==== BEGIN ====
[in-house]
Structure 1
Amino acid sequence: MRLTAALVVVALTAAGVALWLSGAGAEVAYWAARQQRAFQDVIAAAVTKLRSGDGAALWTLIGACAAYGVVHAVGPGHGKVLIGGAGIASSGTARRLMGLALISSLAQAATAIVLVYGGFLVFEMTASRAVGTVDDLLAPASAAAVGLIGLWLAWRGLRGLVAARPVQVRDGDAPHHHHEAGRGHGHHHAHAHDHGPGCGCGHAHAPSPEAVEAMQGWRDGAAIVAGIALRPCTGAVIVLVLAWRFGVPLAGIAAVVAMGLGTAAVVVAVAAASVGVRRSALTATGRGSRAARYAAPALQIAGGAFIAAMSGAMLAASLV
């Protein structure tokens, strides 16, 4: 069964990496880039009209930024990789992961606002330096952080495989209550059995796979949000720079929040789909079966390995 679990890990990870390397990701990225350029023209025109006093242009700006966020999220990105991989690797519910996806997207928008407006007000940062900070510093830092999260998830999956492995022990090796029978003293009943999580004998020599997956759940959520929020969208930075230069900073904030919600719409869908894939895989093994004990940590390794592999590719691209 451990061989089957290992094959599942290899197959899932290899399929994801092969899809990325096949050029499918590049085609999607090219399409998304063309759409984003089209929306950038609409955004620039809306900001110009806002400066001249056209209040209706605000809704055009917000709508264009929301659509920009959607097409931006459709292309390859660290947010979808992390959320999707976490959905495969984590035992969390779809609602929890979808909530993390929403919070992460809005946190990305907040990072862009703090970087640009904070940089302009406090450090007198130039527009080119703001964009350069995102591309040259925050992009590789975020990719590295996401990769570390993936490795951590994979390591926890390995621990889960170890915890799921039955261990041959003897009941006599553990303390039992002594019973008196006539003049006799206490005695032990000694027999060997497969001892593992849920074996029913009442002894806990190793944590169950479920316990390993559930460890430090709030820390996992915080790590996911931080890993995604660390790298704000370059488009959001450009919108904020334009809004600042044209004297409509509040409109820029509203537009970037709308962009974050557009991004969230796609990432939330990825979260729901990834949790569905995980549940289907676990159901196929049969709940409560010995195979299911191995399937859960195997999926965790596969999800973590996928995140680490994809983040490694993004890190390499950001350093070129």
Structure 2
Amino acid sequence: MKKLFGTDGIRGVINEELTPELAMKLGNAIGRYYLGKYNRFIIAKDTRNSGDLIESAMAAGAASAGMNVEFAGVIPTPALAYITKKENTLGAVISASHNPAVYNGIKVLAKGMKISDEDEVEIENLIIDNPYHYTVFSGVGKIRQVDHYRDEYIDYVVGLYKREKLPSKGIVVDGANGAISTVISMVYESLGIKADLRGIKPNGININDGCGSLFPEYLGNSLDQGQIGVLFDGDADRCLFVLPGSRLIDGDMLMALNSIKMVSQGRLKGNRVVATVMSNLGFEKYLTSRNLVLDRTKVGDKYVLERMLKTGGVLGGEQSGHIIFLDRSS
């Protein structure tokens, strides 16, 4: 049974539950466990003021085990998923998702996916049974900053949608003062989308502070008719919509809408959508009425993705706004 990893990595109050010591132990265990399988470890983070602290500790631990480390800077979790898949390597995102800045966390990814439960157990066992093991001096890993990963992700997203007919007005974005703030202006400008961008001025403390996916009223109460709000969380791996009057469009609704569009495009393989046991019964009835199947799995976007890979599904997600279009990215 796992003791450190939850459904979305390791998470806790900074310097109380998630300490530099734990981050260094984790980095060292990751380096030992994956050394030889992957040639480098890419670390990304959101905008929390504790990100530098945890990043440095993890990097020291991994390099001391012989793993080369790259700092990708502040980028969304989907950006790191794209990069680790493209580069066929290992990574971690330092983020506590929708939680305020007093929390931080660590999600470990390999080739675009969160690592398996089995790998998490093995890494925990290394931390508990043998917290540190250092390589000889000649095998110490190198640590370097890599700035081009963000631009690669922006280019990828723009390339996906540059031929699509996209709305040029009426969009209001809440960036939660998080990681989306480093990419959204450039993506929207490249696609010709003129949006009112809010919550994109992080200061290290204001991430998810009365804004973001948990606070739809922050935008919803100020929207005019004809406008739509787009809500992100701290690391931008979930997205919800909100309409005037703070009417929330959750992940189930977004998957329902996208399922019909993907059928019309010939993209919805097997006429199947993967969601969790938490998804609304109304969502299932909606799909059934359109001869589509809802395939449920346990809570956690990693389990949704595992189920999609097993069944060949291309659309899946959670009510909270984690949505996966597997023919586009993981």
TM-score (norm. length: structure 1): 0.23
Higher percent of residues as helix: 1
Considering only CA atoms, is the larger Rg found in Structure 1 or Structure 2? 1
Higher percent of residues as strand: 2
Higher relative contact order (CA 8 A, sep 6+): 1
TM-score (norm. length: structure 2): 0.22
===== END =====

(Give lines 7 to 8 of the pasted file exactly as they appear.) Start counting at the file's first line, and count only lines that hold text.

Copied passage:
């Protein structure tokens, strides 16, 4: 049974539950466990003021085990998923998702996916049974900053949608003062989308502070008719919509809408959508009425993705706004 990893990595109050010591132990265990399988470890983070602290500790631990480390800077979790898949390597995102800045966390990814439960157990066992093991001096890993990963992700997203007919007005974005703030202006400008961008001025403390996916009223109460709000969380791996009057469009609704569009495009393989046991019964009835199947799995976007890979599904997600279009990215 796992003791450190939850459904979305390791998470806790900074310097109380998630300490530099734990981050260094984790980095060292990751380096030992994956050394030889992957040639480098890419670390990304959101905008929390504790990100530098945890990043440095993890990097020291991994390099001391012989793993080369790259700092990708502040980028969304989907950006790191794209990069680790493209580069066929290992990574971690330092983020506590929708939680305020007093929390931080660590999600470990390999080739675009969160690592398996089995790998998490093995890494925990290394931390508990043998917290540190250092390589000889000649095998110490190198640590370097890599700035081009963000631009690669922006280019990828723009390339996906540059031929699509996209709305040029009426969009209001809440960036939660998080990681989306480093990419959204450039993506929207490249696609010709003129949006009112809010919550994109992080200061290290204001991430998810009365804004973001948990606070739809922050935008919803100020929207005019004809406008739509787009809500992100701290690391931008979930997205919800909100309409005037703070009417929330959750992940189930977004998957329902996208399922019909993907059928019309010939993209919805097997006429199947993967969601969790938490998804609304109304969502299932909606799909059934359109001869589509809802395939449920346990809570956690990693389990949704595992189920999609097993069944060949291309659309899946959670009510909270984690949505996966597997023919586009993981």
TM-score (norm. length: structure 1): 0.23